On Monday evening, February 10th 1994, Memphis went to bed with a severe winter storm approaching from the Southwest. The TV stations were projecting the path of the storm to cross the Mississippi River between Vicksburg and Greenville, Mississippi, destined to hit Memphis in the early morning hours. The storm was expected to bring sleet, snow and freezing rain to all of North Mississippi and the Southwestern part of Tennessee. Memphis was dead in its path.
In the early hours of Tuesday morning, we were awakened by what sounded like an artillery barrage. Large oak trees in our yard were losing major limbs, due to an enormous build up of ice from freezing rain. Each loss of a limb was announced by a loud cracking sound that echoed off the ice covered landscape, and of course, our power went out.
Finally, I had the opportunity to use the little hand cranked emergency radio, and at least part of the candle stash that we had laid in to deal with the next earthquake along the New Madrid fault. By the time the sun came up, all we could see were downed trees in a Siberian snowscape. We lived at the end of a cul-de-sac, and access to our neighborhood was completely blocked by fallen trees. According to the radio, the entire Memphis area and most of North Mississippi faced the same predicament. Over a million people were without power, and most major roads were blocked by fallen trees.
We were without electricity for a few days, and it took several days to clear the roads enough to allow travel around the City. We lived in Germantown, and the local government was much better prepared to deal with the situation than Memphis and Shelby County. Our next challenge was to start the cleanup of the mess in our yard. The entire Memphis metropolitan area of well over a million people faced the same problem, and you can guess what it would cost to have a tree removed.
When a major disaster strikes it brings every con man in the nation hurrying to get in on the action. In the case of the ice storm of 1994, every Bubba and Junior with a pickup truck and a chain saw descended on the City. People were paying thousands of dollars just to have their driveway cleared. We were fortunate that the limbs down in our yard didn’t block anything, and we decided to let them lie until the panic subsided. We held off until early summer, when some level of normalcy had returned to Memphis tree removal, and Bubba and Junior had returned to Arkansas.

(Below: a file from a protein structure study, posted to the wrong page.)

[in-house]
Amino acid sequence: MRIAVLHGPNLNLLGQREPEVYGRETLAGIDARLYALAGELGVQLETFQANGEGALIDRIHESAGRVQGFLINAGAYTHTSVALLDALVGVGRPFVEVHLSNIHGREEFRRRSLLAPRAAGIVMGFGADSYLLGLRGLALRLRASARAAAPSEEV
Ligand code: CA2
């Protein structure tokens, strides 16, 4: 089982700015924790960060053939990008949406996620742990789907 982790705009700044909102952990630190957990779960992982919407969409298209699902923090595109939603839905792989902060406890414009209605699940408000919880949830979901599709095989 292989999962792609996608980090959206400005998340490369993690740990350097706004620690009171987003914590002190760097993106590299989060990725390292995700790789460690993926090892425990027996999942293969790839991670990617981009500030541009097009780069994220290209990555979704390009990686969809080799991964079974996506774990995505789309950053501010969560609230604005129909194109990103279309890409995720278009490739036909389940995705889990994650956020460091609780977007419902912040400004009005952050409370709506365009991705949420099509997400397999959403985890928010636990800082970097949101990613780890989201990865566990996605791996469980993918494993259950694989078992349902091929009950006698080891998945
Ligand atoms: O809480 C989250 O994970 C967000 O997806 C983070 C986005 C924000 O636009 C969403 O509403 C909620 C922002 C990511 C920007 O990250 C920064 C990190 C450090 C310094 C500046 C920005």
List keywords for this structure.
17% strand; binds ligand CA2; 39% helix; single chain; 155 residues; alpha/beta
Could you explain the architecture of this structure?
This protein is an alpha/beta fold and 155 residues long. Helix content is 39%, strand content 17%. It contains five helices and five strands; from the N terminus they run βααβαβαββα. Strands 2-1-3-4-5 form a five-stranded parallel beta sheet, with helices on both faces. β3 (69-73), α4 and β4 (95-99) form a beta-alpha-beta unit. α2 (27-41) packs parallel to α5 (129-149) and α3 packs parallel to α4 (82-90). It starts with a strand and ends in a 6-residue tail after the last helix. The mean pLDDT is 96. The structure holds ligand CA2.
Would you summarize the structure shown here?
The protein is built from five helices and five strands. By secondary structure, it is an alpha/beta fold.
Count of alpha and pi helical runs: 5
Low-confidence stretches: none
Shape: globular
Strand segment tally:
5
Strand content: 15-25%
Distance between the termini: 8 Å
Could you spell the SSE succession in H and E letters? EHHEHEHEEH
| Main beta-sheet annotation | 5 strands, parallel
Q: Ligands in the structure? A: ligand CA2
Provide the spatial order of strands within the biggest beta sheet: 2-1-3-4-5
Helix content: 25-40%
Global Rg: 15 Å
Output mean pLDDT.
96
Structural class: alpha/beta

In late June, I contacted a local tree service and got on their waiting list. I needed the limbs removed, and two very tall, very dead pine trees cut down and hauled off. After much delay, they came out and gave me an estimate of $12,500 to do the job, and they hoped that they could get to it before Christmas. I told them to book it, and gave a $500 deposit to hold my place. I figured that if I couldn’t come up with a better plan by Christmas, I deserved to pay the $12,500.
I began to examine other options in hopes of coming up with Plan B. Toward the end of the summer I got a letter from The Tennessee Valley Authority—whose power line right-of-way abutted my back property line—informing me that one of their crews would exercise their right to come onto my property in order to remove two dead pine trees that threatened their transmission lines. They cited the statutes that allowed them to do this, and informed me that I had no recourse in the matter.
I called the TVA office and spoke to their public affairs person, and told them that I would agree to the removal of the trees, if they would haul off the downed limbs in my yard while they were doing the work. They came and took off my limbs and the two dead pines, and were gone in one day. Plan B proved to be simpler than I expected, and I had saved $12,000. I called the tree removal service that I had booked and told them to keep the deposit; I had tended to the work myself. The whole experience was like getting unexpected money from home.